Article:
Monday, June 23, 2014

I scream you scream...

Last week I went strawberry picking and had the pleasure of eating warmed-by-the-sun strawberries, right off the bush. Seriously, there is no better strawberry than one that is that fresh. Ruby's mouth was stained pink from the sweet juices, clearly she agreed with me. 

Well there's only one thing to do when you get home with fresh strawberries: prepare them for the many dishes you'll make. I made some jam (isn't that a requirement when you go picking? Recipe up here soon!), prepared a special cake (more on that soon) and then whipped up this bad boy.

Strawberry ice cream is not my typical flavor of choice, but a homemade version with hand-picked strawberries always sounds just right. When I read about this roasted strawberry version I was immediately interested. Roasting anything brings out its natural flavor and will caramelize the juices- this is true for garlic as it is for strawberries. This is also the reason that the ice cream is a pale pink hue.

The absolute best tip I ever learned about storing ice cream (appropriately) came from a tour of the Ben & Jerry's factory when our tour guide told us to always put a piece of wax paper over the unused ice cream. The wax paper would prevent ice crystals from forming and keep your ice cream preserved longer. I do this all the time now, with store-bought or homemade ice creams, and it makes such a difference!

Roasted Strawberry Ice Cream with bittersweet chunks

Adapted from here
Makes about 1 quart

Recipe Notes
- The balsamic vinegar is just used as a flavor enhancer and will be virtually undetectable if you use the tiny amount called for.  

For the roasted strawberries:
1 pound strawberries
3 tablespoons maple syrup, or light-flavored honey
½ tsp. balsamic vinegar (optional)

For the ice cream custard:
1 cup (250ml) whole milk
½ cup (100g) sugar
5 large egg yolks
1 ¾ cups heavy cream
1 tsp. vanilla extract

4 oz. chopped bittersweet chocolate (optional)

1. Preheat the oven to 375ºF.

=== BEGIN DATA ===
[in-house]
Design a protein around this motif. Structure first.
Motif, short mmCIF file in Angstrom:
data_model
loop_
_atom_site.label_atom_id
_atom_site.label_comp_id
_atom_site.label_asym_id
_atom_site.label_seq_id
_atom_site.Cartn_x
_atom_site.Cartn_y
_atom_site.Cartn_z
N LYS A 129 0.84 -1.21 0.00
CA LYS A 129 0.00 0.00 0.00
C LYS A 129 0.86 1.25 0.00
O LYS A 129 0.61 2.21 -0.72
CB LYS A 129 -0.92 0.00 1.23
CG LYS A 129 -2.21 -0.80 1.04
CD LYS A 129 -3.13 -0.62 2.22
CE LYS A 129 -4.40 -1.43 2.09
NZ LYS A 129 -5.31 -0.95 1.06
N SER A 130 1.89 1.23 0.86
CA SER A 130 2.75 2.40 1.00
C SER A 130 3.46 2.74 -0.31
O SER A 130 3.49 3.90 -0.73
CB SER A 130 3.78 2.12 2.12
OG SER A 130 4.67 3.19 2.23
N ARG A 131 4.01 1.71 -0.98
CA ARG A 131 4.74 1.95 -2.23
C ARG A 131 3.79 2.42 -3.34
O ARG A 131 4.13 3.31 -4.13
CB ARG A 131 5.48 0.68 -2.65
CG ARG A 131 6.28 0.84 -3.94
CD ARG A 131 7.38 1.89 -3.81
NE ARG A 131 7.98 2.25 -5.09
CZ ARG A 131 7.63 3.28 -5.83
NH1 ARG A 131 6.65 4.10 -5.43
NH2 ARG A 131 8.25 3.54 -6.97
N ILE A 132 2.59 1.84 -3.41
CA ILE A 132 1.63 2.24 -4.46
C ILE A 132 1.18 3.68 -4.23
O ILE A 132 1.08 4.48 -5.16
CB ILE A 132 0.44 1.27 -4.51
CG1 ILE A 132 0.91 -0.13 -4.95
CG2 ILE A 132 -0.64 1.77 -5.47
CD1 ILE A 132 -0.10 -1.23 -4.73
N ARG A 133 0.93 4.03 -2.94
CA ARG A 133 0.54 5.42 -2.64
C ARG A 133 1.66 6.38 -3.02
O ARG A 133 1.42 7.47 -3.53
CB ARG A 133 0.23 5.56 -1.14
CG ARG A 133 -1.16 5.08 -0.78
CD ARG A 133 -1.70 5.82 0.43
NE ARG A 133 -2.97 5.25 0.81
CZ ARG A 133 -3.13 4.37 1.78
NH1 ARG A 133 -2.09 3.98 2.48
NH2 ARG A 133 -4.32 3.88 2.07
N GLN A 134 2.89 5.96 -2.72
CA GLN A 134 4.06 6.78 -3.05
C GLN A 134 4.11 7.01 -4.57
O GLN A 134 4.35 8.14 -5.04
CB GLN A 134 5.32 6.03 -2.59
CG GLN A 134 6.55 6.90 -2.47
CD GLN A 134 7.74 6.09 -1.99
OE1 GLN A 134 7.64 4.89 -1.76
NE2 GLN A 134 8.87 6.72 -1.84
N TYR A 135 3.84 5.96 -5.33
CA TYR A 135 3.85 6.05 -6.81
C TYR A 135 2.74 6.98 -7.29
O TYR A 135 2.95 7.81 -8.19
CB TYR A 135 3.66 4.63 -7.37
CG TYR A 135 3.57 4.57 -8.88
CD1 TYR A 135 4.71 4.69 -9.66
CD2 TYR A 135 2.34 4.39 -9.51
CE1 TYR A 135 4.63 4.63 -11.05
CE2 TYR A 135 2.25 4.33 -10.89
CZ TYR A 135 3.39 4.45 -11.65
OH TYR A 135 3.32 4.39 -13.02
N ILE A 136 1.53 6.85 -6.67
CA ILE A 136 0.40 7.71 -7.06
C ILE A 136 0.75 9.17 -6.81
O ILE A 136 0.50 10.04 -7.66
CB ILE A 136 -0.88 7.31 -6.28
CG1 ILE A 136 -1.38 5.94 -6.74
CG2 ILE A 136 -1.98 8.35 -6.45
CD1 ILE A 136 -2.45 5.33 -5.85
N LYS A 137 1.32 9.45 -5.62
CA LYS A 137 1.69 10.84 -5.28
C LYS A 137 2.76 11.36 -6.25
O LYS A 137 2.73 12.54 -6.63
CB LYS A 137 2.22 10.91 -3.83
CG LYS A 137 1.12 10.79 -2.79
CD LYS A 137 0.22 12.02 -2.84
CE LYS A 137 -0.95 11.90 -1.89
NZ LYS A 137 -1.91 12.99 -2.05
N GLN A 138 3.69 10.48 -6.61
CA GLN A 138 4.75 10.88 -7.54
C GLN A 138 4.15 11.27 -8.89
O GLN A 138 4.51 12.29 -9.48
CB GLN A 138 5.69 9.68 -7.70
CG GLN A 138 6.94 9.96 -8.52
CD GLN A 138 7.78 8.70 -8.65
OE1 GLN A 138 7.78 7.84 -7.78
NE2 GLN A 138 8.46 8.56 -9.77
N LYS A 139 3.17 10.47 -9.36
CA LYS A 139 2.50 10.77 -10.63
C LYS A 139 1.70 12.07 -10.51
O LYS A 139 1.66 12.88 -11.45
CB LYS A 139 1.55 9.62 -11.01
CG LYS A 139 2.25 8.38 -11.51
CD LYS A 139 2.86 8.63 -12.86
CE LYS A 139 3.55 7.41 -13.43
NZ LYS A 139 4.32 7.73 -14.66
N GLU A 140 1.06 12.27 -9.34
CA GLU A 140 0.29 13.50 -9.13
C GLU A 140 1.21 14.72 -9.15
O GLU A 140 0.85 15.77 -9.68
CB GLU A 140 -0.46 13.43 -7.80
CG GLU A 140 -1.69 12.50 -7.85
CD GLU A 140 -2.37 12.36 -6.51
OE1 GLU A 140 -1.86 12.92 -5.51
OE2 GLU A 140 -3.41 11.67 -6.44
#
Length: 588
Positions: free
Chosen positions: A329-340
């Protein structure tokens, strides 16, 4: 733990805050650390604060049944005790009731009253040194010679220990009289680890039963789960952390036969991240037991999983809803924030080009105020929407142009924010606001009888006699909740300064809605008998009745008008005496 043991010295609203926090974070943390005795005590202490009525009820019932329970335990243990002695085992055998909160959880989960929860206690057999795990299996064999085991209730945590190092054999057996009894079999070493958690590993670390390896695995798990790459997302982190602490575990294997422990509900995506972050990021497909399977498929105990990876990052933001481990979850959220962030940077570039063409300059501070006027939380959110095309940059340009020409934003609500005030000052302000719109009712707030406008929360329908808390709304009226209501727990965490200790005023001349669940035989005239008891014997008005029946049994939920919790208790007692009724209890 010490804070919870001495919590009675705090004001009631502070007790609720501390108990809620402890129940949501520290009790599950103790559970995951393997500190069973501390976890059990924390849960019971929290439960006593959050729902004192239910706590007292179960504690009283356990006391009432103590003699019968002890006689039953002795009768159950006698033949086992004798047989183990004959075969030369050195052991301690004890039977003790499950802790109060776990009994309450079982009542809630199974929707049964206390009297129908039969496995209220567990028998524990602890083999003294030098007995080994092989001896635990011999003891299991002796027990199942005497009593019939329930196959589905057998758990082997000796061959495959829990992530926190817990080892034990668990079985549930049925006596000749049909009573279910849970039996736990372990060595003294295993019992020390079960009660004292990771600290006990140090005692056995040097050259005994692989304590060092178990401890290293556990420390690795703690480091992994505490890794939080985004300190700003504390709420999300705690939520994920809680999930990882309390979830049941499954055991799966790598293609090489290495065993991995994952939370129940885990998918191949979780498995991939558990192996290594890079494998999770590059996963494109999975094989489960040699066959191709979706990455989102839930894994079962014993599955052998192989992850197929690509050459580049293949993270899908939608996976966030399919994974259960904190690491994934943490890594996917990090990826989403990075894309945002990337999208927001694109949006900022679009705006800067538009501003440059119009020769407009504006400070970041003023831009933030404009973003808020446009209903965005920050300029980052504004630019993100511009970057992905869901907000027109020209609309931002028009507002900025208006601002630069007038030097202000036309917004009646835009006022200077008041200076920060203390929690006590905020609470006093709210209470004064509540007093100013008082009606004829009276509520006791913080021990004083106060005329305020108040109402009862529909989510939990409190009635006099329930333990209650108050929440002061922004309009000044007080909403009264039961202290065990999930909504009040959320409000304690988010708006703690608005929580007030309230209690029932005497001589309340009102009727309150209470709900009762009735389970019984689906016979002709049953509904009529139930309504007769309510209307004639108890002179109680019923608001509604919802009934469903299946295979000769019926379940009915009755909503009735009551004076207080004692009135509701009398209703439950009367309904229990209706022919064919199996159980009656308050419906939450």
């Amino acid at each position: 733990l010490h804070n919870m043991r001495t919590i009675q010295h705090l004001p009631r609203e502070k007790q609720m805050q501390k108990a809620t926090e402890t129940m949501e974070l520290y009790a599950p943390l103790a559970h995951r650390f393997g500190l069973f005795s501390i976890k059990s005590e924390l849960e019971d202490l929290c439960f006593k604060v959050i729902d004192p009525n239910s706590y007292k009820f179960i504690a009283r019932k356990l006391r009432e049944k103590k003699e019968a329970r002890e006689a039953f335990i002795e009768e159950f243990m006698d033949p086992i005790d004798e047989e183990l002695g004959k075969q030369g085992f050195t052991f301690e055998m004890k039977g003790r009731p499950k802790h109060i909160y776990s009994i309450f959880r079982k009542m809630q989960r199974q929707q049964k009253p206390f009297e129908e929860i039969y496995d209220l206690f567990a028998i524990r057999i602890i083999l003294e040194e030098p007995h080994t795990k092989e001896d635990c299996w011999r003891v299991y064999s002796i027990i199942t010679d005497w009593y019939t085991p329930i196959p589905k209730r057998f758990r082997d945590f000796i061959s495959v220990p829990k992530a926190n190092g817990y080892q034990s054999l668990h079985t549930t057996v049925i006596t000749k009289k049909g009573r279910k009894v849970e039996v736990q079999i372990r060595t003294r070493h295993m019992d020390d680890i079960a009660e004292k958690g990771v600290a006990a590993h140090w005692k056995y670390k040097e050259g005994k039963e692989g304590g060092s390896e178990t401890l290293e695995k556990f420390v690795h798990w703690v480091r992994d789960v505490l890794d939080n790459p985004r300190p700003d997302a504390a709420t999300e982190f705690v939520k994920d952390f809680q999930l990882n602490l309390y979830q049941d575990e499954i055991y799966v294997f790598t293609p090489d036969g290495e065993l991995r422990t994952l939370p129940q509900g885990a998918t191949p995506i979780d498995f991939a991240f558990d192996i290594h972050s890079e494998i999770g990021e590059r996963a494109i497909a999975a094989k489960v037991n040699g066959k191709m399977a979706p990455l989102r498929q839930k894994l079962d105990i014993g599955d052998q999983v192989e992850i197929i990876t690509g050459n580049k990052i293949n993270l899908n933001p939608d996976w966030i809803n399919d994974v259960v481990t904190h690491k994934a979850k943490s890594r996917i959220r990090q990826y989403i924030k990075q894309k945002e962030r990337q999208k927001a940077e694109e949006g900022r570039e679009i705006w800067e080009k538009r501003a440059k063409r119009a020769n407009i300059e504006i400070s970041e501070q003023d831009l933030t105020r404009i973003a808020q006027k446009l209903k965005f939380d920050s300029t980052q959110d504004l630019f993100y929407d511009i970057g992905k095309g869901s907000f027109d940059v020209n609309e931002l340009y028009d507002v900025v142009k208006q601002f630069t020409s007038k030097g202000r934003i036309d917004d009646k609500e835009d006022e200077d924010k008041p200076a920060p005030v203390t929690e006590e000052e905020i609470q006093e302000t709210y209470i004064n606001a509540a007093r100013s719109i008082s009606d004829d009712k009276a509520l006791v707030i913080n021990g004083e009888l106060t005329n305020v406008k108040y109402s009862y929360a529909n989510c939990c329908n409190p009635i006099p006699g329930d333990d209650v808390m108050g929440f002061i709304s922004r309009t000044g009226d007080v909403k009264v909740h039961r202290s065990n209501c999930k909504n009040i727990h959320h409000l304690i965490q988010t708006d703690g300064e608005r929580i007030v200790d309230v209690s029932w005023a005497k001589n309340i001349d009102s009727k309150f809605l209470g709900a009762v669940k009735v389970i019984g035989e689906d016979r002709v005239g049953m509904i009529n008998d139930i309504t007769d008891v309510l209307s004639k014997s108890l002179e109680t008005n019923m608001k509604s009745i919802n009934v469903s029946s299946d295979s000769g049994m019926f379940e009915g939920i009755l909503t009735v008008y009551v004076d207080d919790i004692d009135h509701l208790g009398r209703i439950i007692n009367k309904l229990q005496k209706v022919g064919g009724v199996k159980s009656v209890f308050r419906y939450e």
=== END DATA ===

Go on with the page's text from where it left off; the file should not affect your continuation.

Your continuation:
2. Hull the strawberries and cut them in quarters. In a wide shallow baking dish with high sides, or a large baking pan (one that will fit all the berries in a single layer, with space between them), toss the berries with the maple syrup and balsamic vinegar.
3. Spread the berries across the bottom of the baking dish and roast on an upper rack of the oven, stirring once or twice during roasting, until they are well-cooked and the juices have thickened substantially, about 30 to 40 minutes. Remove from the oven and scrape into a bowl. Once cool, take a pair of scissors and snip the cooked berries into smaller pieces, if desired, directly in the bowl (the berries can be prepared up to three days ahead, and refrigerated).
4. To make the ice cream custard, heat the milk and sugar in a saucepan over medium-low heat.
5. While the milk is warming, make an ice bath by placing a 2-quart (2l) bowl in a larger bowl partially filled with ice and water. Set a strainer over the top of the smaller bowl and pour the cream into the bowl.
6. In a separate bowl, whisk together the egg yolks. Gradually ladle some of the warm milk into the yolks, whisking constantly as you pour. Scrape the warmed yolks and milk back into the saucepan.
7. Cook over low heat, stirring constantly and scraping the bottom with a heat-resistant spatula, until the custard thickens enough to coat the spatula (around 5-8 minutes). Strain the custard into the heavy cream. Stir over the ice until cool. Add the vanilla extract and refrigerate to chill thoroughly, preferably overnight.
8. To finish the ice cream, mix the roasted strawberries with the ice cream custard, and then churn in your ice cream maker according to the manufacturer’s instructions. Once churned, add the chopped chocolate right before taking out of the ice cream maker.


  1. Looks great, (of course!)
    Here's a funny thing though: I LIKE ice crystals on my ice cream. I like the way the ginger ale in an ice cream soda freezes over the ice cream. very refreshing.
    But I do understand that freezer burn is probably going a bit too far.

    1. Mark, yes I can understand it in a float, and maybe the wax paper idea isn't a good idea for you. It's no problem either way, as long as you're enjoying it.

  2. Yum! I love what you did with your strawberries. I made jam and two pies. Oh, I love strawberry season.

    1. Thank you Tracy! Yes, I love strawberry season too!

  3. what if you don't have an icecream maker? that sounds so delicious my mouth is watering.This is mrs snoopman hahaahahahahaha

    1. HI Mrs. Snoopman- Ha! Well, I wish I knew the answer to this. I think you could always whip the cream, add the custard, freeze it and then it's considered a semi-fredo? But I'm not 100% sure. If you try it, please let me know!